Almost everyone who participates in the Spiritual Exercises
of St. Ignatius has a conversion experience.
For the past 3 years New College Berkeley has been offering this 30-week
“retreat,” based on the “19th annotation” to Ignatius’ record of his
own conversion experience, and I’ve been privileged to direct this retreat at
Byron United Methodist Church where I serve as pastor.
I made the retreat myself many years ago at Mercy Center in
Burlingame, and I’ve led the retreat quite a few times using the format used at
Mercy Center. Ignatius structured the
retreat to be given over 30 days, but he said (in the 16th century!)
that if because of family or business obligations a person couldn’t go away for
30 days, this retreat could be given over 30 weeks. Mercy Center found that sustaining the
commitment to such an intense spiritual discipline was supported by being part
of a small group. There have been 6 people making this retreat with me this
year at Byron.
I believe St. Ignatius was a spiritual genius, knowing just
what “exercises” people could do to give them an intimate, heartfelt knowledge
of Jesus,” and to grow their spirits most efficiently. Ignatius’ way of praying encourages a person
to be completely him- or herself before God, while being open to the direct
guidance of God.
A few unique aspects of the retreat are: learning how to
pray with Scripture in a new way, entering into the stories of the life of
Jesus with all our senses, and either identifying with a participant in the
passage or finding ourselves inserted as a narrator, an observer, or a
character (not necessarily written about in the text). Praying with Scripture like this creates an
immediacy which makes Jesus come alive to us, and that inspires commitment to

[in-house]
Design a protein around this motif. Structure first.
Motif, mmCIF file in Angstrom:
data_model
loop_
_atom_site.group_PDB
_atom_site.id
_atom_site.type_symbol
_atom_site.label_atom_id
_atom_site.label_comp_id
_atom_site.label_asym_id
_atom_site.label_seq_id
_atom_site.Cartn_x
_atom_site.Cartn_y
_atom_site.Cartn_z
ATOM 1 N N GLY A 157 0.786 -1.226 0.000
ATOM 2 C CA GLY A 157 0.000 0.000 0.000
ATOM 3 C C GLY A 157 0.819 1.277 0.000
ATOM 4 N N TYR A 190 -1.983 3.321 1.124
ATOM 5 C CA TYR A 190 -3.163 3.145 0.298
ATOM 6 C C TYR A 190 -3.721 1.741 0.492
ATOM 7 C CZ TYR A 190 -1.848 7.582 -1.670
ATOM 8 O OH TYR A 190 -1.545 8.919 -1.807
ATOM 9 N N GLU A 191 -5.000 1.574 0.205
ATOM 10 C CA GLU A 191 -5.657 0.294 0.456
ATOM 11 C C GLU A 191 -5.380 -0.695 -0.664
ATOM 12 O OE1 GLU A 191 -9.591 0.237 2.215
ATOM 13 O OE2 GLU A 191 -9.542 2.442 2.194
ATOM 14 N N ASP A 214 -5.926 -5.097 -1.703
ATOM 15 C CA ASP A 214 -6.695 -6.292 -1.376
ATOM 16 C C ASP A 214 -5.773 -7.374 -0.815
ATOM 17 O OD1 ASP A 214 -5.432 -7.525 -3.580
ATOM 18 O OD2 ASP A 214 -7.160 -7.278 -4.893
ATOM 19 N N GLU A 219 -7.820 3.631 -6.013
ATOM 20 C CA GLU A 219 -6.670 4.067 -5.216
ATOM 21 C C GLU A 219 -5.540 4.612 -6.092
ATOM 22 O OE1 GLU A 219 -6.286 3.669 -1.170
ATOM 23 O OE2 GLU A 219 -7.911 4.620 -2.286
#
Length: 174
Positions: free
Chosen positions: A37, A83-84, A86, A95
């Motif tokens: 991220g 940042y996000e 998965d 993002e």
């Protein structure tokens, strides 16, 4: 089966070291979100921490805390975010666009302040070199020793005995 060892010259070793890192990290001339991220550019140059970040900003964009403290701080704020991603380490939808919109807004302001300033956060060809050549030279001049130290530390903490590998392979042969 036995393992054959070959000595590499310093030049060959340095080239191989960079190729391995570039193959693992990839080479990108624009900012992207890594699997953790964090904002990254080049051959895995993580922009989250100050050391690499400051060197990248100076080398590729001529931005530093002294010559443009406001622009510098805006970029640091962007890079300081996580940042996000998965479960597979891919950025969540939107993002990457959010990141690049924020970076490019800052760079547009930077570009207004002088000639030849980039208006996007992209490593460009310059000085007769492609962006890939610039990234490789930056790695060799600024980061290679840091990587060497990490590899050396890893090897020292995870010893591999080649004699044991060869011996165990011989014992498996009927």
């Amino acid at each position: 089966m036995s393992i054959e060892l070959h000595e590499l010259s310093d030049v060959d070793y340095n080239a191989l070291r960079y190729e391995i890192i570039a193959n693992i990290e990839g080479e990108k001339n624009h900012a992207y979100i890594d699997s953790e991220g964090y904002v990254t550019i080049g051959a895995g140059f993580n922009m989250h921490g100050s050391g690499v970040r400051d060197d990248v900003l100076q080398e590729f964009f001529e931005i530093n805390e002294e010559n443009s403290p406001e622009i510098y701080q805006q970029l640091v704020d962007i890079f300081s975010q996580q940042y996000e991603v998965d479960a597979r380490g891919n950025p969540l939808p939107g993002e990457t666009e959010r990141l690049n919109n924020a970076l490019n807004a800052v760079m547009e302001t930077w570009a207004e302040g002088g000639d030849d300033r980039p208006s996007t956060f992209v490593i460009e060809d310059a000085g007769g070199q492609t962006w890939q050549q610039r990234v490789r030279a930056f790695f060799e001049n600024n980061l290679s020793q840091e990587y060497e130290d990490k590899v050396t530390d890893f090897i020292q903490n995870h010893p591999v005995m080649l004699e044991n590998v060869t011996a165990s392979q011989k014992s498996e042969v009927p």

him in every aspect of our lives.
We have just completed what Ignatius called “the 3rd
week” of the Spiritual Exercises during which the grace we pray for is to
accompany Jesus to his death, just as we would a friend who is dying. We pray with the Passion narratives (the last
week of Jesus’ life) for the whole six weeks of Lent. Some of the group has found this very
challenging and painful, and a few find themselves wishing the story could end
People benefit from this retreat to the extent that they are
able to commit to 30-60 minutes of prayer a day, focusing on the assigned
texts, meditations, and contemplations.
Some people find it really challenging to dedicate this much time to
praying “for themselves,” and not praying for others as they’re used to
doing. It’s part of Ignatius’ “genius”
that he teaches people how to pray contemplatively, asking what messages God
has for them personally in each of the passages and meditations.
Ignatius (in his “Principle and Foundation” of the Spiritual
Exercises) made a most challenging statement: I want and I choose what better leads to the deepening of God’s life in me. This prayer is the life-giving result of making the Spiritual Exercises
of St. Ignatius and carries over into our lives beyond the retreat as we seek
to “find God is all things.” Thanks be
Rev. Christine Shiber is a minister at Byron United Methodist Church and a New College Berkeley spiritual